A linked clone is a copy of a virtual machine that shares virtual disks with the parent virtual machine in an ongoing manner.
Because a linked clone is made from a snapshot of the parent, disk space is conserved and multiple virtual machines can use the same software installation. All files available on the parent at the moment you take the snapshot continue to remain available to the linked clone.
Ongoing changes to the virtual disk of the parent do not affect the linked clone, and changes to the disk of the linked clone do not affect the parent. A linked clone must have access to the parent. Without access to the parent, you cannot use a linked clone.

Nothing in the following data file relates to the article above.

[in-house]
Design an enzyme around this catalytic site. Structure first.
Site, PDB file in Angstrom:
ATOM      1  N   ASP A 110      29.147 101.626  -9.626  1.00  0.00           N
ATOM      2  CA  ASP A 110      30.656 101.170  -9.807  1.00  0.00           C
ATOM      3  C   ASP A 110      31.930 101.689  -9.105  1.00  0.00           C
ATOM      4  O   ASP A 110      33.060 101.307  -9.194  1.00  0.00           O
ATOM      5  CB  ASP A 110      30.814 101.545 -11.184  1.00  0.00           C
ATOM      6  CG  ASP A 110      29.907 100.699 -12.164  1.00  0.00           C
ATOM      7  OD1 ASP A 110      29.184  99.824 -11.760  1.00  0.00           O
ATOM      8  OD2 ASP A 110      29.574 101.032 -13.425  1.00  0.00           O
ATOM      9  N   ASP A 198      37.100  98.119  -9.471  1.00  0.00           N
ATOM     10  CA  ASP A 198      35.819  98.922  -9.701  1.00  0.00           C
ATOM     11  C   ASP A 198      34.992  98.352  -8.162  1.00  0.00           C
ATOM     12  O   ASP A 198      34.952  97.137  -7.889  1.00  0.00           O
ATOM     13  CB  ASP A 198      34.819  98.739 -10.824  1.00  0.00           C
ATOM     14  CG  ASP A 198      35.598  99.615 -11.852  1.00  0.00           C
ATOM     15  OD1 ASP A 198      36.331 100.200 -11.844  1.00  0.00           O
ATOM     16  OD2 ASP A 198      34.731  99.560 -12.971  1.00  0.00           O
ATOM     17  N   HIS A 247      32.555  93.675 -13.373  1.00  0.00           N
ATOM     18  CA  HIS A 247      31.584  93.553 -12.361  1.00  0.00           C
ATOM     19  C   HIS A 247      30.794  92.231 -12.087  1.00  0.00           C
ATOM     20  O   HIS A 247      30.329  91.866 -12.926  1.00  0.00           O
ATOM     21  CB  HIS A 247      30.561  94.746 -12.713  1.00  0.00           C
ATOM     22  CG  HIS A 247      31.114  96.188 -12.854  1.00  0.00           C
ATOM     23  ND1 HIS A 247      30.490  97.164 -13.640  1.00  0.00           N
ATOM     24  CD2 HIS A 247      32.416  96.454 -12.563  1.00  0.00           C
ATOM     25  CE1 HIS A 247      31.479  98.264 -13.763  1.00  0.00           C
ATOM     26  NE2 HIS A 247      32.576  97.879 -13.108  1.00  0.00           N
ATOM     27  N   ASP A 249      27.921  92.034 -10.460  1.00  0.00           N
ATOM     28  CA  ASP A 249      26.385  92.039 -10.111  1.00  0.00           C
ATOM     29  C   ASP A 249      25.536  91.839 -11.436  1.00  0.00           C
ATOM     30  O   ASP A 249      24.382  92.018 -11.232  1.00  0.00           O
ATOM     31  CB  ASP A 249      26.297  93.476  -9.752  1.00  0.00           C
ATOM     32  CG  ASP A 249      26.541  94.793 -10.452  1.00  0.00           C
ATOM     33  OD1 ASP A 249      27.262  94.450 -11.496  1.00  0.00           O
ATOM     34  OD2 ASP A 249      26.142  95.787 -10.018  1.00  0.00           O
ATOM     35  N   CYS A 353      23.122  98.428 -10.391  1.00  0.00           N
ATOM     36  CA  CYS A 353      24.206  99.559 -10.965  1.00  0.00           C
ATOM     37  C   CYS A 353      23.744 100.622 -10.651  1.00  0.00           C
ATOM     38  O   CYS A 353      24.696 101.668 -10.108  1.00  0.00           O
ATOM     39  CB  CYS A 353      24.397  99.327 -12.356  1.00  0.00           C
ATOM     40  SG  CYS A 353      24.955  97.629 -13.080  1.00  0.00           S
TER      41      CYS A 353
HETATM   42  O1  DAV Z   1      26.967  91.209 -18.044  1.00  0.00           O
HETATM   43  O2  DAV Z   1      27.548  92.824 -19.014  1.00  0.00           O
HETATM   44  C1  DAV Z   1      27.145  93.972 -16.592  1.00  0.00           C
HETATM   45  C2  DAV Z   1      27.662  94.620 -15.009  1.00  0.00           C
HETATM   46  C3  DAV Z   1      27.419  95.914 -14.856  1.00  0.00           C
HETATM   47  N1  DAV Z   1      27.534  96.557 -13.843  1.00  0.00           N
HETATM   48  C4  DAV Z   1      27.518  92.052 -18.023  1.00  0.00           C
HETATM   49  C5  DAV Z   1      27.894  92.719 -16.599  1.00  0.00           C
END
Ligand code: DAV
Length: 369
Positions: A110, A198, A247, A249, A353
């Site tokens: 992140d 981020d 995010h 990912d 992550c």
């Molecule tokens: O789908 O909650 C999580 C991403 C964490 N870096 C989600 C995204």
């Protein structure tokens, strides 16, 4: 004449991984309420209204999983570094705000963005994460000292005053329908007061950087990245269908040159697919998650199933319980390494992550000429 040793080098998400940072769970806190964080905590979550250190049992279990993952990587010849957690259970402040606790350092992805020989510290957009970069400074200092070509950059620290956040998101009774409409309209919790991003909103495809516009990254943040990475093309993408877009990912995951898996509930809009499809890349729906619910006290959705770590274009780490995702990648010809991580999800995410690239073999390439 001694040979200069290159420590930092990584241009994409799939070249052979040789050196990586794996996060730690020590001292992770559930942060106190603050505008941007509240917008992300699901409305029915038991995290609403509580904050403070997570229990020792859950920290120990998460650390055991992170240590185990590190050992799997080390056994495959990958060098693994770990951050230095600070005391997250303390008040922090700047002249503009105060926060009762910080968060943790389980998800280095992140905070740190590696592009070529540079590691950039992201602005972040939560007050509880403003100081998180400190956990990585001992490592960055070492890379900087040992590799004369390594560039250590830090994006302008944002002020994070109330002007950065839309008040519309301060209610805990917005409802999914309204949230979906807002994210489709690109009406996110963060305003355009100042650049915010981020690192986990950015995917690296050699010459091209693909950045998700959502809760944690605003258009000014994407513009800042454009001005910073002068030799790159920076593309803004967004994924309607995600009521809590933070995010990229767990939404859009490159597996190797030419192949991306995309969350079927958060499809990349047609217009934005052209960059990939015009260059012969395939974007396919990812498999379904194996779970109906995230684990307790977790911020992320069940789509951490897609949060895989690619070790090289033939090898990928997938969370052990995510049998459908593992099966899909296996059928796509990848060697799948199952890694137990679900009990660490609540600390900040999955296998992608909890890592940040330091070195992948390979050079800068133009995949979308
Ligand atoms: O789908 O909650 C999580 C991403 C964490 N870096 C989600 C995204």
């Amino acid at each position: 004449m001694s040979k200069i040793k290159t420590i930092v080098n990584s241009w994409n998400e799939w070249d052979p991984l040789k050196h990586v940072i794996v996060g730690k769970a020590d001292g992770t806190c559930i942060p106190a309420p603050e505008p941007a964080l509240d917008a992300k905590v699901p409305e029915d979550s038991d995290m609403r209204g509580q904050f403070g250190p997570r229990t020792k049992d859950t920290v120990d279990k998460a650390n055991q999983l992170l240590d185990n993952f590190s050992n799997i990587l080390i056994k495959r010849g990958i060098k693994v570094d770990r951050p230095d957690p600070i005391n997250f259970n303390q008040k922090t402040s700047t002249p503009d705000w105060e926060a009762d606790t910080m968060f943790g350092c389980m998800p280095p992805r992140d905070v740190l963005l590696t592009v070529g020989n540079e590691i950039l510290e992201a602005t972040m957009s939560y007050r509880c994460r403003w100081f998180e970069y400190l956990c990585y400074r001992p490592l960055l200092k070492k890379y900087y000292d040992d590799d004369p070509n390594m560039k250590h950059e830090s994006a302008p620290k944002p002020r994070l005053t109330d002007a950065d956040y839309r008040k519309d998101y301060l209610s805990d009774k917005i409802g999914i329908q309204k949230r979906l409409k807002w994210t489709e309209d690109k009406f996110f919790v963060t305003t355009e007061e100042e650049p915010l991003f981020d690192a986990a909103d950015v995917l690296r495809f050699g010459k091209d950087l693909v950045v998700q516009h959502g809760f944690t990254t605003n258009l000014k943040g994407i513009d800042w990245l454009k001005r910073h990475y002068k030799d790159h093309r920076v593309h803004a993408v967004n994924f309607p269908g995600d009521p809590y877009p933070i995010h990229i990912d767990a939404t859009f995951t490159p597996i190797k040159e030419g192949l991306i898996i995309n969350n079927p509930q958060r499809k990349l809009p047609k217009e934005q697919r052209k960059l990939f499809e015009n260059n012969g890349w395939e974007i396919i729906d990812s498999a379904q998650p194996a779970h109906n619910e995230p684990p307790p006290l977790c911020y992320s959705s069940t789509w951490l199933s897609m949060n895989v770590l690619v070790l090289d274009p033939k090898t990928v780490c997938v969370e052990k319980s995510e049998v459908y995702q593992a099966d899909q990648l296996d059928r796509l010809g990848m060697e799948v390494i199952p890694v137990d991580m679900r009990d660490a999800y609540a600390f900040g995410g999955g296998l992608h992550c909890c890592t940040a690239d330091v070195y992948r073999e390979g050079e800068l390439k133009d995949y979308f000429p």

Because linked clones are created swiftly, you can create a unique virtual machine for each task. You can also share a virtual machine with other users by storing the virtual machine on your local network where other users can quickly make a linked clone. For example, a support team can reproduce a bug in a virtual machine, and an engineer can quickly make a linked clone of that virtual machine to work on the bug.
You can make a linked clone from a linked clone, but the performance of the linked clone degrades. If you make a full clone from a linked clone, the full clone is an independent virtual machine that does not require access to the linked clone or its parent. You should make a linked clone of the parent virtual machine, if possible.
You cannot delete a linked clone snapshot without destroying the linked clone. You can safely delete the snapshot only if you also delete the clone that depends on it.